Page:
Poe breaks down each word into the syllabics reminding us that it is on the tongue, on the way words leave our mouths that we begin to form our understanding. From there, we seek the historical meaning as no word exists in a vacuum; it is our need to define that helps us place a word into context. From there we scroll through all of the allusions and associations that each particular word has for us. Each word in the human language resonates particular for each person. Here Poe takes three words that are simply part of our anatomy, but which also in our culture carry a heavy weight. In some ways, a weight much heavier than what can be located in the simple definition. There in the poem, Poe begins to unravel how we associate and dissociate from a word. We always come to the poem with our expectations, and Poe swerves from where we might imagine we would go in each case. There is a deliberate rupture, an off balance caused by sudden swings into consciousness. It mimics the trickiness of trying to say anything about a loaded word like "vulva" or "penis." Where does one begin or end.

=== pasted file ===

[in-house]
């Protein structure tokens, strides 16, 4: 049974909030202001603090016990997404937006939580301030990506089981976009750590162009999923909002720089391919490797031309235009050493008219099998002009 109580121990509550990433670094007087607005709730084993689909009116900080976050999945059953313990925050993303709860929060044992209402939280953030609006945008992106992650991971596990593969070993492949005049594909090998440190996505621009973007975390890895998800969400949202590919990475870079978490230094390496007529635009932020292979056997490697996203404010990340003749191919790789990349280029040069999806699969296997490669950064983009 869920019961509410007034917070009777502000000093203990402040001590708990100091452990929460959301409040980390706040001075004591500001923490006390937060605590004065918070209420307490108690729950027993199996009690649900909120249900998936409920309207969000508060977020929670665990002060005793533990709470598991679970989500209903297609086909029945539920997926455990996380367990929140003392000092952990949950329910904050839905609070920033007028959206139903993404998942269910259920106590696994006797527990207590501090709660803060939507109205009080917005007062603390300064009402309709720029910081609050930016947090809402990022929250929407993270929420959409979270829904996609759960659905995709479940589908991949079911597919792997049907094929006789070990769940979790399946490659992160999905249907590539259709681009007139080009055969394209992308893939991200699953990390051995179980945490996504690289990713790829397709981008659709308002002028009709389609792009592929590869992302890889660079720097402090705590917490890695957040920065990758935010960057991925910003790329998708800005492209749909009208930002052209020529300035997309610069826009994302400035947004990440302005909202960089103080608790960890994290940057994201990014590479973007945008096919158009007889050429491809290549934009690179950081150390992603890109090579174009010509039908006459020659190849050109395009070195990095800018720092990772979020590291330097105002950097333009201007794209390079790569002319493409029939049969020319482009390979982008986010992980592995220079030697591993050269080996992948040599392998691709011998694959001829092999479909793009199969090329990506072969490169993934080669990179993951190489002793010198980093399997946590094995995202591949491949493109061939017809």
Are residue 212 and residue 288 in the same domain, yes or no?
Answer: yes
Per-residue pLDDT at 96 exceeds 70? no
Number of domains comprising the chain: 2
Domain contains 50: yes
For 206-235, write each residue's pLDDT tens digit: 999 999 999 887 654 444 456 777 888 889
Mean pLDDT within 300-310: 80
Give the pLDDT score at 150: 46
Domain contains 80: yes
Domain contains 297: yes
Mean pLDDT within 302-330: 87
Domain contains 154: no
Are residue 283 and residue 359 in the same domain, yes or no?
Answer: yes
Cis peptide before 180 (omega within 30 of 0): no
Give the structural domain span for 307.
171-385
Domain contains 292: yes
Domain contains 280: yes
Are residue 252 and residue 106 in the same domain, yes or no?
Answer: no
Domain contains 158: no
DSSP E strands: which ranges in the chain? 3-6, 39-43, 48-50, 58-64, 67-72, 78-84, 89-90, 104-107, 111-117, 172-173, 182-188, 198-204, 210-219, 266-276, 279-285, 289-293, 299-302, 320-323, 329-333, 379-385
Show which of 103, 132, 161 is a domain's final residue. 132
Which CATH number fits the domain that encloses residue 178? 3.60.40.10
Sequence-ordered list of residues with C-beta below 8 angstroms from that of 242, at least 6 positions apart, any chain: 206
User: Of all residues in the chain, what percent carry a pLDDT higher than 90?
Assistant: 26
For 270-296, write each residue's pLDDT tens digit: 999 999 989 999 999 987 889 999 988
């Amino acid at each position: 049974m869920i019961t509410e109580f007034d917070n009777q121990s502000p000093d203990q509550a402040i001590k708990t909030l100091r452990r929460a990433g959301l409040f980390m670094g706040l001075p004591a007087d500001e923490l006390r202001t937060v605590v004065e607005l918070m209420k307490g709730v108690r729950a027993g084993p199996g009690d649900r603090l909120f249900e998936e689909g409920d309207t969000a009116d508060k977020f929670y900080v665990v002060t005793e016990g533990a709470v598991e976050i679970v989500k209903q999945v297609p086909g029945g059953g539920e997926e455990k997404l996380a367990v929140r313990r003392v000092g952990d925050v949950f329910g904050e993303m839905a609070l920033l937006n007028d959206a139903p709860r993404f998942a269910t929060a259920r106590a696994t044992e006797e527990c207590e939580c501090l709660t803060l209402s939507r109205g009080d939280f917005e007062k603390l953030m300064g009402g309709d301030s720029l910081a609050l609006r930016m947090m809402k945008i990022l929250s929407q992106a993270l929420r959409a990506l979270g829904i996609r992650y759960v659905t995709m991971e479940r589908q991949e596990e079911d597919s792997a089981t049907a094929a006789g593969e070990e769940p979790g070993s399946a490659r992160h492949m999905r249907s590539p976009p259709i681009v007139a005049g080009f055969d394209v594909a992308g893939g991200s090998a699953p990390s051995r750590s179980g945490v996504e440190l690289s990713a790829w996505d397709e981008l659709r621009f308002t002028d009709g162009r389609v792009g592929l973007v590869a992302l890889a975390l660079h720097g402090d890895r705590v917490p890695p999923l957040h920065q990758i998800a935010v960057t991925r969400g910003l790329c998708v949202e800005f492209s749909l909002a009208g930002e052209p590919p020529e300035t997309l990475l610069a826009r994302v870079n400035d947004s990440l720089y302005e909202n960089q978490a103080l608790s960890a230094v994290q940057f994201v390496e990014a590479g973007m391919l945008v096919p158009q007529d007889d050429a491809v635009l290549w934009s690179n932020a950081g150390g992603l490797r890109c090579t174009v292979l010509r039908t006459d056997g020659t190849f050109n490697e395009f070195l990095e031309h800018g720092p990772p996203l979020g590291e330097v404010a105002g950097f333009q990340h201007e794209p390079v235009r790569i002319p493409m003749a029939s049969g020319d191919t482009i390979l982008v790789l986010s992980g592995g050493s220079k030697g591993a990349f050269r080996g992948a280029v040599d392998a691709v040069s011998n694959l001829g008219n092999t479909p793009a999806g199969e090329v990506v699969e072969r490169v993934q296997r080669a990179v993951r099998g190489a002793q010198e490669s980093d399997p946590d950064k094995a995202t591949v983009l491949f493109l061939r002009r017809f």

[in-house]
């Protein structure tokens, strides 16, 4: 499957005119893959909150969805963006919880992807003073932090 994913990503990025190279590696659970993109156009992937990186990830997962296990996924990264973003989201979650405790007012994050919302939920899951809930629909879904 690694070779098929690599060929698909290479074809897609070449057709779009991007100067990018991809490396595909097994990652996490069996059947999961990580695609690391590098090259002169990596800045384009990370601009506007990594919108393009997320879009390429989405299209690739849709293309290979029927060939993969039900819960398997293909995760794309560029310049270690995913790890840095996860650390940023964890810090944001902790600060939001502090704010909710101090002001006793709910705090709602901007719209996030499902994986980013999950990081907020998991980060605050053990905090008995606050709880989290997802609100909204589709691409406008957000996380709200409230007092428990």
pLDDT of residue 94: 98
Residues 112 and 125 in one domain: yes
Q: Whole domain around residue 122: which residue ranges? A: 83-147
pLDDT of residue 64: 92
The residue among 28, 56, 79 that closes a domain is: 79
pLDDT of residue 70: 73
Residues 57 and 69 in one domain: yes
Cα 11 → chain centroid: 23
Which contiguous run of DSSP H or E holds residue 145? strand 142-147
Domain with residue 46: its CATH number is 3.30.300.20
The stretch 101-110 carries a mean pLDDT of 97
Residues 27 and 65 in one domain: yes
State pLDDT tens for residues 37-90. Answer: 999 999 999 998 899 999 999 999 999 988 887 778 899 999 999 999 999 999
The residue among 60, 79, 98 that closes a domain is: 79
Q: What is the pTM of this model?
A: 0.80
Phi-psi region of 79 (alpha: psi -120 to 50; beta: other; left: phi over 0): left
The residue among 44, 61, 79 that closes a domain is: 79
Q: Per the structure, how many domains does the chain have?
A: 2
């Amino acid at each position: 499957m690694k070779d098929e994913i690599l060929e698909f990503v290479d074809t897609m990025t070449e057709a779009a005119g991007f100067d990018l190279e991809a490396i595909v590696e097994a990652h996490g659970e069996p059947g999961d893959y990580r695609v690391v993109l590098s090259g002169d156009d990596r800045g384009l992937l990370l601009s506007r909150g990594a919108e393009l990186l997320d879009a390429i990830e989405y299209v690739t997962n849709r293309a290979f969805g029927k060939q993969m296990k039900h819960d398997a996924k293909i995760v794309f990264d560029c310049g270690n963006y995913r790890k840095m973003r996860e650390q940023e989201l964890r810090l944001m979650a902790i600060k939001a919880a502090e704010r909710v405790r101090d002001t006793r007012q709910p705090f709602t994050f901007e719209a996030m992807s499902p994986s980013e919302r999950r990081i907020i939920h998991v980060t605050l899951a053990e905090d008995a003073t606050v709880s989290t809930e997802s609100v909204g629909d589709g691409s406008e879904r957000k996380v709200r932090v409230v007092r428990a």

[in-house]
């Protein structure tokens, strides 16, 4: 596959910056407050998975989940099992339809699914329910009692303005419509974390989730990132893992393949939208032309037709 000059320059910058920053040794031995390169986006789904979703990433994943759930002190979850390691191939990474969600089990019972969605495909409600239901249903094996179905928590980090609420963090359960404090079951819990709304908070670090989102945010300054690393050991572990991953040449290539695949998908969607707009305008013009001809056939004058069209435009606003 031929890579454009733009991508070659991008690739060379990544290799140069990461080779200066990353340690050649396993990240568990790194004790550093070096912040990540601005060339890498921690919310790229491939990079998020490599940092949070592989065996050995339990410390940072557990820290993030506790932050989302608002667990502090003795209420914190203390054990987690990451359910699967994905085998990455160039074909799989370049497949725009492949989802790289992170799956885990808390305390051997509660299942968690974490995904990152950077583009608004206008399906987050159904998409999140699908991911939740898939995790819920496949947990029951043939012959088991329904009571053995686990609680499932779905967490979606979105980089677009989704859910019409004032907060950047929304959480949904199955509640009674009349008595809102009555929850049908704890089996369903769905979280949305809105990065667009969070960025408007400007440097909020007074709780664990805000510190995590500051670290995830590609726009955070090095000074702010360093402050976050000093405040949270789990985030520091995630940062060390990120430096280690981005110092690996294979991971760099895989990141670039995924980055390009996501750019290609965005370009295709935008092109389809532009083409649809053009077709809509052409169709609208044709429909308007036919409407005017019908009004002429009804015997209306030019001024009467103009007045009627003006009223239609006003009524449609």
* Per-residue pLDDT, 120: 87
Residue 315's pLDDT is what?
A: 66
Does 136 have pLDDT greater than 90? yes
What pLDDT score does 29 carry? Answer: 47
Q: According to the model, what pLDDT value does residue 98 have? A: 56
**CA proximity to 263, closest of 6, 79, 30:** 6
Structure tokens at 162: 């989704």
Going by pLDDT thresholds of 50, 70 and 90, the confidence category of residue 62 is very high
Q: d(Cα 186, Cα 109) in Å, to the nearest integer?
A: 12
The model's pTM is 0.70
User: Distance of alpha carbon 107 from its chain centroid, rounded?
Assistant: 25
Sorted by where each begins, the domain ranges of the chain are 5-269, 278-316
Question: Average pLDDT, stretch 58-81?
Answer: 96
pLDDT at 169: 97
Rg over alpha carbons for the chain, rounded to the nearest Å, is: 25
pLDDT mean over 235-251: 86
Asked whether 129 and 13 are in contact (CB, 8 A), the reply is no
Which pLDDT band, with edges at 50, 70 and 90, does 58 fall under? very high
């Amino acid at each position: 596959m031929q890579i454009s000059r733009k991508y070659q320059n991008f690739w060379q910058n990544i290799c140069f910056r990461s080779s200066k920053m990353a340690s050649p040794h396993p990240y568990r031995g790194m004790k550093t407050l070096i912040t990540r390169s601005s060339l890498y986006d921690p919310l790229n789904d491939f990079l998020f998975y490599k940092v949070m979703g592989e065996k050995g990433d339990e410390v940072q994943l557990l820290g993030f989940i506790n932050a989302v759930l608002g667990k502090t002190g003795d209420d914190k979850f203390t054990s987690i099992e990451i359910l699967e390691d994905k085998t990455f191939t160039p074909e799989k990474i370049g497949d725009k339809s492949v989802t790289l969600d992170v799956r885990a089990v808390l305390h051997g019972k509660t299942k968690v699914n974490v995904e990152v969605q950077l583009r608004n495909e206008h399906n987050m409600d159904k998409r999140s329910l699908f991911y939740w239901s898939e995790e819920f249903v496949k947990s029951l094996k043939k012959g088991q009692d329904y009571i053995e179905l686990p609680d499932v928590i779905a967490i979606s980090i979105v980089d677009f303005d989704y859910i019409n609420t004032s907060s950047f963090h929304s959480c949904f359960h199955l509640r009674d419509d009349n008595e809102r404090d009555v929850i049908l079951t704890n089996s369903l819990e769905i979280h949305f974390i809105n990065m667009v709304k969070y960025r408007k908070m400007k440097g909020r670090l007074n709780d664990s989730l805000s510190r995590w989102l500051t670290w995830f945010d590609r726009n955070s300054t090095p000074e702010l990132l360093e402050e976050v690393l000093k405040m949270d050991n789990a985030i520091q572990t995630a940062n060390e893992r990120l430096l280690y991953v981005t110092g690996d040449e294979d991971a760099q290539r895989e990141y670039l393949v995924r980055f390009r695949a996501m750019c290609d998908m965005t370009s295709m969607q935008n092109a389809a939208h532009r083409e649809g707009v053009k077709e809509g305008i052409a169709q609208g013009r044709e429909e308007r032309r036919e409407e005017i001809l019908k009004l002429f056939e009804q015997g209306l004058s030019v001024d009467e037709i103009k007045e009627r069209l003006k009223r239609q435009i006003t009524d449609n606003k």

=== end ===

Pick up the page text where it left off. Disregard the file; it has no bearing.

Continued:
Poe captures us: "And again, the vulvas all laugh. They are like the wind that laughs at a farmhouse refusing the farmer and his wife."